Basic Fitness

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College is certainly an academically challenging time, but it also is the most sedentary time of life for the average student. If you are not involved in some type of fitness activity at least a few days out of the week, now is the time to begin laying the foundation for a healthier life, in much the same way you are now laying your foundation for a prosperous career.

It's a guarantee that at some point in your adult life you will begin to be concerned about your general health. More often than not, this concern is precipitated by the desire to lose weight.

 It starts with the gaining of the "freshman 10 to 15," which at first is o.k. because it only makes you look a little more filled out. However, it doesn't stop there.
 If you have gained 10 to 15 pounds in your first one to two years in college, chances are that you will continue to gain weight. 
If you are gaining weight in this way, it's a true sign that you are no longer a growing boy or girl. 
As growth slows, the energy needed to fuel that growth diminishes. Unfortunately, the indicators that tell your brain that so much food is no longer needed don't seem to kick in as the engine revs down. The result is weight gain.

Also, being in college brings a new freedom to eat whatever you please whenever you want it. 

Mother doesn't do the cooking anymore, so you may eat far too many hamburgers and french fries. And if you eat at a campus cafeteria, the fat content of your food choices may be as high or higher than the special sauce, oil-dripping delicacies you find at your local fast food restaurant.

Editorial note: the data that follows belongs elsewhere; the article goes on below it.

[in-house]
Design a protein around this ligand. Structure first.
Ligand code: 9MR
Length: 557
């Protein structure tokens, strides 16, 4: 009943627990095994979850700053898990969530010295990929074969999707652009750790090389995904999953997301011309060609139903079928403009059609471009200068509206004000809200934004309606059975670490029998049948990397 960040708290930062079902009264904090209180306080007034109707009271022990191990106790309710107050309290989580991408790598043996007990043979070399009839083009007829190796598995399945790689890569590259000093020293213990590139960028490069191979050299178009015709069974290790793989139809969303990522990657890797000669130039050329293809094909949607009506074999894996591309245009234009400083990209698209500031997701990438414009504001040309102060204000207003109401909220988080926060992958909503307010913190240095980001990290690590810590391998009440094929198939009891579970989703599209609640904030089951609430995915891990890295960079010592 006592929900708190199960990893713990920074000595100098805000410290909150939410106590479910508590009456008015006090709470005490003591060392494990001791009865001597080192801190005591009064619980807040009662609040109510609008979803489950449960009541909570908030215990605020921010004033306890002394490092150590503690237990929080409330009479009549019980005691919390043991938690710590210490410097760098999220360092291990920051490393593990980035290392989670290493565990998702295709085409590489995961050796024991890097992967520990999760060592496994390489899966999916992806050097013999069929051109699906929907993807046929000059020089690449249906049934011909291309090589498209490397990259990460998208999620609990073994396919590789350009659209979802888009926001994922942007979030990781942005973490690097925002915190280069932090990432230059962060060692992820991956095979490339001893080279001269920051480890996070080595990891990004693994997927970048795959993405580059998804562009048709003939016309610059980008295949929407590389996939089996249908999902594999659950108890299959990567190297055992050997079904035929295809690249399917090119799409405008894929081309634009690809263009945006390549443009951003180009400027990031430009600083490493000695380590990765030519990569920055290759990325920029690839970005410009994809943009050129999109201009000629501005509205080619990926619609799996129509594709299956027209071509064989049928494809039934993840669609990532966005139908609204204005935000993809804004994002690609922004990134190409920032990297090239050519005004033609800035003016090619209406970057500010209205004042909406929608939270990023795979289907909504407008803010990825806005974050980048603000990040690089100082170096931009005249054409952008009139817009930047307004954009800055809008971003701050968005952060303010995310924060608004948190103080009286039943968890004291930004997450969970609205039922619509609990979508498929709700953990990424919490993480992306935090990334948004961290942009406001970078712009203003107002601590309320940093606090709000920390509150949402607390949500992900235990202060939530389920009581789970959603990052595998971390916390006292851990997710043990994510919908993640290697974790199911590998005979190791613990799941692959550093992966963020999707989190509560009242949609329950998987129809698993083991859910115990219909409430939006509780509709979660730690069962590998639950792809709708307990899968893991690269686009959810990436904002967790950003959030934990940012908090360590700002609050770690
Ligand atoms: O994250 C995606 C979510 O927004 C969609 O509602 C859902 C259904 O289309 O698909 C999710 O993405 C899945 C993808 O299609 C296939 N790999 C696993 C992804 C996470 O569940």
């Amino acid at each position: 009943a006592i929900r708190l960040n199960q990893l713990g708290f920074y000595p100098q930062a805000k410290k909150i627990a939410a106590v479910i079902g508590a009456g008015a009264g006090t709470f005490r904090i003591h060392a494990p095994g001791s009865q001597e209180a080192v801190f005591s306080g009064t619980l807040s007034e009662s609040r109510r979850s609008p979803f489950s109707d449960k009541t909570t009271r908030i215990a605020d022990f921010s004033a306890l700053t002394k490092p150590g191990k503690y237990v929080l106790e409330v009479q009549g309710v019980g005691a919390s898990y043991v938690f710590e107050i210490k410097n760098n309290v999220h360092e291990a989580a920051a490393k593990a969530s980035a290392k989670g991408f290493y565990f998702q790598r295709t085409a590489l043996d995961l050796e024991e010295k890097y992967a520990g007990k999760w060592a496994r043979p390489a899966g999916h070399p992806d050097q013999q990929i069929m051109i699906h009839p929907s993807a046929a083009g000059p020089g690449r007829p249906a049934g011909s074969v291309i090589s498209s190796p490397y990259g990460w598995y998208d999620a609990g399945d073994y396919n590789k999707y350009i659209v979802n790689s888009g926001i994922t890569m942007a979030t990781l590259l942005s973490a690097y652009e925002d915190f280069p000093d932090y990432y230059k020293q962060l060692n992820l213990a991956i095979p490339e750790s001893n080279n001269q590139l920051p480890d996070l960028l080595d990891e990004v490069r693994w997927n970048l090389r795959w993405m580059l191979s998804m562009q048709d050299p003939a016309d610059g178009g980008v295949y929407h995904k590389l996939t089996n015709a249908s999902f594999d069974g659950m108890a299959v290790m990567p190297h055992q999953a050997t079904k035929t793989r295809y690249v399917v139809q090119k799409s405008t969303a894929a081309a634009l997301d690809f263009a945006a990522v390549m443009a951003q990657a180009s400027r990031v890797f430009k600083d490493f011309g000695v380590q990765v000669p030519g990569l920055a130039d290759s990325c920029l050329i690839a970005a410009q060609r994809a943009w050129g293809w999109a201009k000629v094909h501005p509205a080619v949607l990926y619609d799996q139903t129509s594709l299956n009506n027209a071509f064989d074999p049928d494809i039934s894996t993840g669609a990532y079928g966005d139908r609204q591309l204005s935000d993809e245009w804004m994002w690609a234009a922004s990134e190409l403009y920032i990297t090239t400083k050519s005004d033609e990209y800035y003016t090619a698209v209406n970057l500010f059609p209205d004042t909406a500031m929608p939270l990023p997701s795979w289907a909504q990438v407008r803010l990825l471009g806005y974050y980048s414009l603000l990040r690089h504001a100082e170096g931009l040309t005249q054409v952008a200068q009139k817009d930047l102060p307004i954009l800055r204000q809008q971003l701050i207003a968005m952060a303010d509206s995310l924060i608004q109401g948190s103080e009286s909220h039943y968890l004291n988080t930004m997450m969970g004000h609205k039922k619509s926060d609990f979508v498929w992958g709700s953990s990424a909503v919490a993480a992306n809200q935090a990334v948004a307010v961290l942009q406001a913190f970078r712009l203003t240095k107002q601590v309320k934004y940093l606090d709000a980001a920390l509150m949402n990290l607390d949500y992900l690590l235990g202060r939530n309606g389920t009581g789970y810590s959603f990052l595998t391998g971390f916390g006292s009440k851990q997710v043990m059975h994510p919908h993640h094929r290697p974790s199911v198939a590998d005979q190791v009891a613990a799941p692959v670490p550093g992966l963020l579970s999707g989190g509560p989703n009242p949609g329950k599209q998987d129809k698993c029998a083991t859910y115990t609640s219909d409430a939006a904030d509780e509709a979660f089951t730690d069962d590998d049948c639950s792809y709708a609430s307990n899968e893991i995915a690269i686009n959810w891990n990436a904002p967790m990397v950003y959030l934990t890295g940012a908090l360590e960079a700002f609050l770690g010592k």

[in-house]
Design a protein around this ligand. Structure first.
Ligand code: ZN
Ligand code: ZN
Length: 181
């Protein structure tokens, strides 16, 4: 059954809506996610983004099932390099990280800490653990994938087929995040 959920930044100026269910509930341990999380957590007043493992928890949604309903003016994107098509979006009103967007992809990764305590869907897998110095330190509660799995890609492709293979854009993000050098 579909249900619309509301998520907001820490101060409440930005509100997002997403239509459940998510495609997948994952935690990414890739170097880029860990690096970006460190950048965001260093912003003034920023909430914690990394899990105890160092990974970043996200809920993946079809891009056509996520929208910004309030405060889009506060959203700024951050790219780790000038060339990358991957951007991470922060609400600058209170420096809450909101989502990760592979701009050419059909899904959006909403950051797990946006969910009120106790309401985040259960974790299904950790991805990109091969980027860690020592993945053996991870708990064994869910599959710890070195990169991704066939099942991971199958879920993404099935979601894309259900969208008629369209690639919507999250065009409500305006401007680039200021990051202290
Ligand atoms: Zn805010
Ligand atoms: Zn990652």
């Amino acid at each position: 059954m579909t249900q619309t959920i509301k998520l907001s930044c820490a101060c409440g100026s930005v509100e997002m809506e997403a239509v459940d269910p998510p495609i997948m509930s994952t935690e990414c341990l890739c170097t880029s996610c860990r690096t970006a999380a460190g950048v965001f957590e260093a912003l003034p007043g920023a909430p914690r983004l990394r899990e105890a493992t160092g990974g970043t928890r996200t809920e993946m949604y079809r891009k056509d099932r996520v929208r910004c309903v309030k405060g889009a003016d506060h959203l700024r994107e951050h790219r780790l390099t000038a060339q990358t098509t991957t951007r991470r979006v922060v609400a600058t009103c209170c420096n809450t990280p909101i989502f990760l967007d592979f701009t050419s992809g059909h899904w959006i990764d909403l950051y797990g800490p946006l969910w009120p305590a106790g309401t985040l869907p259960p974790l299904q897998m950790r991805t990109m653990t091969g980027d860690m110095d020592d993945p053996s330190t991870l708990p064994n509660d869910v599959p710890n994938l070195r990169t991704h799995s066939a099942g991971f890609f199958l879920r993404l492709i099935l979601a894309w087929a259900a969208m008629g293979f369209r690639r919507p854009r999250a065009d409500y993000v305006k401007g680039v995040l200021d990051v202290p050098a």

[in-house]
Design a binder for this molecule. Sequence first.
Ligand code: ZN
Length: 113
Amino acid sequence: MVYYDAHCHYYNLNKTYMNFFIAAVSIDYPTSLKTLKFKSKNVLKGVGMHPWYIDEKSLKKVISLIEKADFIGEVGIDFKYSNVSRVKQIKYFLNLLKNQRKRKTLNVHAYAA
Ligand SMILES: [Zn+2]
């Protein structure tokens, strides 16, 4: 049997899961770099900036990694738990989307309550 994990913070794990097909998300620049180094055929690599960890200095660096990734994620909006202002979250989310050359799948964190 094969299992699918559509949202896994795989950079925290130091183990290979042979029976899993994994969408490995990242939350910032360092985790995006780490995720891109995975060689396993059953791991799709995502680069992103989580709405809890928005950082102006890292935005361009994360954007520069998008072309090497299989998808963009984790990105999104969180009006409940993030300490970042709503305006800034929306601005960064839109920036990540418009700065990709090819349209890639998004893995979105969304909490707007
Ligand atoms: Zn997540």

It is also common for once highly active high schoolers to become less active in a program is to understand the priorities of diet and exercise.

 Fitness has five basic components.
 The first is cardiovascular strength and endurance, which includes the heart and lungs. 
The stronger the heart muscle, the more oxygen-rich blood can be delivered to the body with less effort. 
Body composition, the second component, encompasses a healthy diet, which is directly related to your percentage of body fat.
 Healthy body fat levels are 15 to 25 percent for a young adult female and 8 to 16 percent for a young adult male.

 People may naturally fall below or above these levels.
 However, if you are more than five percent below or above you have cause for concern. The third component is muscular strength and endurance. Increased muscular strength will allow you to take on daily activities with less stress and effort.
 Flexibility is the next component of fitness and the most overlooked part of a healthy fitness routine. 
A healthy muscle should be strong yet pliable, allowing full range of motion. The last component of a fitness program is relaxation, which is related to mental and physical stress.
 Daily exercise and a healthy diet should help reduce stress. However, it is useful to practice stress reduction techniques for relieving everyday stresses.

If you are the typical college student age 18 to 30 who have decided to begin a fitness program, your chances of being successful are greatest now.

 The longer you wait, the harder it will be. 
This is not to say that as you get older it is harder to get your body into shape. 
It simply means that as your responsibilities increase, maintaining a fitness program becomes more challenging. 
The most difficult obstacle to overcome is finding the time to practice your healthy lifestyle. 
The beginning is simple, but always keep in mind that this will be a lifestyle change that you will practice throughout life, not a quick fix.

The number one rule is to progress slowly. 

Do not start a diet, jog 10 miles, and lift weights for an hour in the first day of your fitness program. New routines, even though they may be desirable, are stressful for you emotionally and physically.
 Take one priority at a time and develop something that works for you. Generally, cardiovascular conditioning is the easiest, to begin with, so that is a good place to start.

source: Council, Rosalind, Diversity Employers

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